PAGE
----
It’s the Haycox mood that settles over me when the phlegm is high. Moody, dark, and full of people feeling sorry for themselves and getting over it, Ernest “Erny” Haycox’s stories still rock my world, a full seventy years after they were first published. He crafted the ambience in his stories meticulously, rising each morning to don business attire, and sitting at his desk to write in the morning, and to revise and edit in the afternoon. About 300,000 words per year arose from his diligence, including the short story that became Stagecoach, an epic-in-a-handbasket, 

Haycox’s characters hold sorrow in their eyes, old hurts in their stoop, ferocity in their stance, and–I have to admit–the only time they get sick is when there is a beautiful woman to lay a cool hand on a forehead, silently offering more. 

Wish I could say I deserved to be a protagonist in one of his novels. I’ll dream about it, though, if the coughing lets me sleep. 

For my reading pleasure, and yours, an excerpt from “Stage to Lordsburg,” which originally appeared in the April 10, 1937 issue of Collier’s. The rest is here, with thanks to Bob Gay. 

This was one of those years in the Territory when Apache smoke signals spiraled up from the stony mountain summits and many a ranch cabin lay as a square of blackened ashes on the ground and the departure of a stage from Tonto was the beginning of an adventure that had no certain happy ending….

The stage and its six horses wafted in front of Weilner’s store on the north side of Tonto’s square. Happy Stuart was on the box, the ribbons between his fingers and one foot teetering on the brake. John Strang rode shotgun guard and an escort of ten cavalrymen waited behind the coach, half asleep in their saddles.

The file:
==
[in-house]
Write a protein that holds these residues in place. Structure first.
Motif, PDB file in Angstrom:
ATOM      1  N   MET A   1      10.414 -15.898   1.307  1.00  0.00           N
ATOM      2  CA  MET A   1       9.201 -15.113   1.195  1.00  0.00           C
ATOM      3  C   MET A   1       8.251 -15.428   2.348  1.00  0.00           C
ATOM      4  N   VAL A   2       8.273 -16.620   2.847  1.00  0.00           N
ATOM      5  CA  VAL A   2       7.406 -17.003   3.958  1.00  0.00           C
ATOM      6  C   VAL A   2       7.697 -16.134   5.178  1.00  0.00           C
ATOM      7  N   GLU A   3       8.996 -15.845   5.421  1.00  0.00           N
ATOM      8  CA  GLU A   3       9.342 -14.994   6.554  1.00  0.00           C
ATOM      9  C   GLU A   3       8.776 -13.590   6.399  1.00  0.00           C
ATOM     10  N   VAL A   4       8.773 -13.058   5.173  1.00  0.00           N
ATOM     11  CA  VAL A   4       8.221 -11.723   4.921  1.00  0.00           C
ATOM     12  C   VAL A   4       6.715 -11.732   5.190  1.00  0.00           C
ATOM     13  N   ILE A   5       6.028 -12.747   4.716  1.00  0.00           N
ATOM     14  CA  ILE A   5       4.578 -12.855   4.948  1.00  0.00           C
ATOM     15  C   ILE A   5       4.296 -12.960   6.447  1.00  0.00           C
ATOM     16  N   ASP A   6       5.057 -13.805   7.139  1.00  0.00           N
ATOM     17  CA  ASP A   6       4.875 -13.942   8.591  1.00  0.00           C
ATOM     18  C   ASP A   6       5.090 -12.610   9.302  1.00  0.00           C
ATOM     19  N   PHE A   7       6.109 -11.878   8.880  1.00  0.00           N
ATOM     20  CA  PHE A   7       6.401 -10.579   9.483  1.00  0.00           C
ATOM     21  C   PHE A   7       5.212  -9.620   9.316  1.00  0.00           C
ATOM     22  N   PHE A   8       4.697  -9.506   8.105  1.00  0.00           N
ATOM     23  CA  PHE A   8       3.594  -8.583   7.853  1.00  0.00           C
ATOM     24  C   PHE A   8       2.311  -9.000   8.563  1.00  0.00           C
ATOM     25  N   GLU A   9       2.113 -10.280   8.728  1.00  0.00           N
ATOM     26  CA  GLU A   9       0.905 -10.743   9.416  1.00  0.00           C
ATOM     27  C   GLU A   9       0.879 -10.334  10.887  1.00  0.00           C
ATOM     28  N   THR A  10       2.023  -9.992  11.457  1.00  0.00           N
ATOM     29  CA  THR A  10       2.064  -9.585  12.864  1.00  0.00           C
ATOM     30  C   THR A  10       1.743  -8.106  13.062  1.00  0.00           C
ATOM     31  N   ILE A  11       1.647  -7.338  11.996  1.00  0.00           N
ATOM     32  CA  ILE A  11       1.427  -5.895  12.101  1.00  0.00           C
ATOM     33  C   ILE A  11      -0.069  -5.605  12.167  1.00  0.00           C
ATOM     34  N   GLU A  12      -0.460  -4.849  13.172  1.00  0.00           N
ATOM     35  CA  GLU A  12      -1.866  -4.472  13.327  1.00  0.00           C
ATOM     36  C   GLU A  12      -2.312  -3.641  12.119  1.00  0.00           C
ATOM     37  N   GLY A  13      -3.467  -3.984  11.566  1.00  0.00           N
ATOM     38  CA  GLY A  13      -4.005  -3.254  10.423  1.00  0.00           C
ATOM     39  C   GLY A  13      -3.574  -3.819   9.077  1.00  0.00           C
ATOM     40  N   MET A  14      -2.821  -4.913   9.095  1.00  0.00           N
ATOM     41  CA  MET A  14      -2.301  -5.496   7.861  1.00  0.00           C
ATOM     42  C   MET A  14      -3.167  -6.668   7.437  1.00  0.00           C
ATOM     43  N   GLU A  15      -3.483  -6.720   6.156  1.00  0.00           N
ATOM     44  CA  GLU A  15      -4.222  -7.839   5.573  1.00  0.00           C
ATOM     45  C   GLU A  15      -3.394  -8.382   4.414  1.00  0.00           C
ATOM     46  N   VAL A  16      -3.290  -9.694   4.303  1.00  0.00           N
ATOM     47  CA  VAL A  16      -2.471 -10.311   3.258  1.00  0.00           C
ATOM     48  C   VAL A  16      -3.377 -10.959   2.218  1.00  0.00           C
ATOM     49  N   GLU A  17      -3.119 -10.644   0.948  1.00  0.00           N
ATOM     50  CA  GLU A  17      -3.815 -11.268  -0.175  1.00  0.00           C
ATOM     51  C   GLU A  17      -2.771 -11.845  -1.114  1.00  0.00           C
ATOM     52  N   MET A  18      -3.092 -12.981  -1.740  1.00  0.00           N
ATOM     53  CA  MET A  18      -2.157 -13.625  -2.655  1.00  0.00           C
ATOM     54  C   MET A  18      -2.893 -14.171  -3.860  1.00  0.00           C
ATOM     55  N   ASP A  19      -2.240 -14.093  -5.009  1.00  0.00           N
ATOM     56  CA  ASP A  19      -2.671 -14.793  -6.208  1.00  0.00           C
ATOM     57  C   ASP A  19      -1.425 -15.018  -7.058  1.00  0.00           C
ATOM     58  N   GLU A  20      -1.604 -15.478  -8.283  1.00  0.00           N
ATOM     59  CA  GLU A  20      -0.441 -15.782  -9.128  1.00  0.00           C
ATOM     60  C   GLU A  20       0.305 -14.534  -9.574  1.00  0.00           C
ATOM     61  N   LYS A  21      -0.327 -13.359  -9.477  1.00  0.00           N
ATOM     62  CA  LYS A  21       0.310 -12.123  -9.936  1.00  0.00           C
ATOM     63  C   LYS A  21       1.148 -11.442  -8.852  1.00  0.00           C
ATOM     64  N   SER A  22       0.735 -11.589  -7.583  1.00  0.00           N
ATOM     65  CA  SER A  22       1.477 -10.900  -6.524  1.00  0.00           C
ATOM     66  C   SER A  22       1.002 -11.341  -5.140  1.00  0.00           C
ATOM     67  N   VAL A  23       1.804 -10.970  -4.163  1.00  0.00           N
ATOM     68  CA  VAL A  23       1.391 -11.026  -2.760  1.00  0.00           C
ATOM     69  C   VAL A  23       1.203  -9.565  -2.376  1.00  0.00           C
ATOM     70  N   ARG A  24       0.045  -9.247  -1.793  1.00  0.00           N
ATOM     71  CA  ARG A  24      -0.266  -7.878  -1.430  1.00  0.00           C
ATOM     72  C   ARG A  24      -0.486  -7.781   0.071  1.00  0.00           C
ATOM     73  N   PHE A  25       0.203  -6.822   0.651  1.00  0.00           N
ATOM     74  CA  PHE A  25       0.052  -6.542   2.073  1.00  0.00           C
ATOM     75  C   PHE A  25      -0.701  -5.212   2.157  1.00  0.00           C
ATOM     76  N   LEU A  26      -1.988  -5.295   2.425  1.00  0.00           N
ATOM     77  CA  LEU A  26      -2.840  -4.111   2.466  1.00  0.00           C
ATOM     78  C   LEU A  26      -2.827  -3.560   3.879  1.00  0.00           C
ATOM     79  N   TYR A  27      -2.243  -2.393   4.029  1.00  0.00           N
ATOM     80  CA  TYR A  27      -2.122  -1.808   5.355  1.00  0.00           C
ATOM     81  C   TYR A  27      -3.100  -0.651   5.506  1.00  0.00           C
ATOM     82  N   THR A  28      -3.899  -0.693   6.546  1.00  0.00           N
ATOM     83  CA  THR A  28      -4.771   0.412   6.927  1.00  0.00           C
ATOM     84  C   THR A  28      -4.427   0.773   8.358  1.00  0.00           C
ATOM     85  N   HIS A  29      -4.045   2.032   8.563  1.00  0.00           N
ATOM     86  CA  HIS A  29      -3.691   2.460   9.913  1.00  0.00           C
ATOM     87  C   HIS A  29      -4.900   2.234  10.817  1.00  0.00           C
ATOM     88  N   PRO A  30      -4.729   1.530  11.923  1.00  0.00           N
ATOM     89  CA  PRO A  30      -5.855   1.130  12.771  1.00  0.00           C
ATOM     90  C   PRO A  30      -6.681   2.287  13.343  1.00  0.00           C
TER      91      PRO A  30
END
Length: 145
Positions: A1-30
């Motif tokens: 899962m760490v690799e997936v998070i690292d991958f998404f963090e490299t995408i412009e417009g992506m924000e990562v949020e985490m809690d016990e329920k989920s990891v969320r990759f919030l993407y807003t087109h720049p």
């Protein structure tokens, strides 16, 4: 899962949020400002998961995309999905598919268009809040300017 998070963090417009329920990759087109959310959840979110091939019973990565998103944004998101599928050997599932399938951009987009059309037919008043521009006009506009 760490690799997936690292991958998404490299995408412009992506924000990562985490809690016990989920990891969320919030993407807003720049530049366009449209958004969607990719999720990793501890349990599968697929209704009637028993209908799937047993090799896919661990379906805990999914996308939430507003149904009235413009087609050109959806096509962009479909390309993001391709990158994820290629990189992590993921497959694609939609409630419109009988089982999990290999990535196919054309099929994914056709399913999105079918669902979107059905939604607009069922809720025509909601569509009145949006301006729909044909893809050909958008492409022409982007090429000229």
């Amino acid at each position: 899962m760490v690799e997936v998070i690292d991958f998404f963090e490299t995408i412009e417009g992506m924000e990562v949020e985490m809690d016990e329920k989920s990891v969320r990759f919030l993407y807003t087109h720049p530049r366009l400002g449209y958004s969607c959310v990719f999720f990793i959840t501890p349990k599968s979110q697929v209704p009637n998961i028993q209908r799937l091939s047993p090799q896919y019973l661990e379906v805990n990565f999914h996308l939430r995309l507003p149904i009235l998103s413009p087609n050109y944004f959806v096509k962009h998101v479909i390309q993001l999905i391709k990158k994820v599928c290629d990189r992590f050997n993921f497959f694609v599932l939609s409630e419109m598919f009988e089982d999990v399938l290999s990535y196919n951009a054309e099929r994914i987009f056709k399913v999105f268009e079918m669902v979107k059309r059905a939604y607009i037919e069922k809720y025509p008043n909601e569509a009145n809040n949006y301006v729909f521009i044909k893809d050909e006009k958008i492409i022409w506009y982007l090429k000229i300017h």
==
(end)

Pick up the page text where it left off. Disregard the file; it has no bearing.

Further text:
At four-thirty in the morning this high air was quite cold, though the sun had begun to flush the sky eastward. A small crowd stood in the square, presenting their final messages to the passengers now entering the coach. There was a girl going down to marry an infantry officer, a whisky drummer from St. Louis, an Englishman all length and bony corners and bearing with him an enormous sporting rifle, a gambler, a solid-shouldered cattleman on his way to New Mexico and a blond young man upon whom both Happy Stuart and the shotgun guard placed a narrow-eyed interest.

This seemed all until the blond man drew back from the coach door; and then a girl known commonly throughout the Territory as Henriette came quietly from the crowd. She was small and quiet, with a touch of paleness in her cheeks and her quite dark eyes lifted at the blond man’s unexpected courtesy, showing surprise. There was this moment of delay and then the girl caught up her dress and stepped into the coach.

Men in the crowd were smiling but the blond one turned, his motion like the swift cut of a knife, and his attention covered that group until the smiling quit. He was tail, hollow-flanked, and definitely stamped by the guns slung low on his hips. But it wasn’t the guns alone; something in his face, so watchful and so smooth, also showed his trade. Afterwards he got into the coach and slammed the door.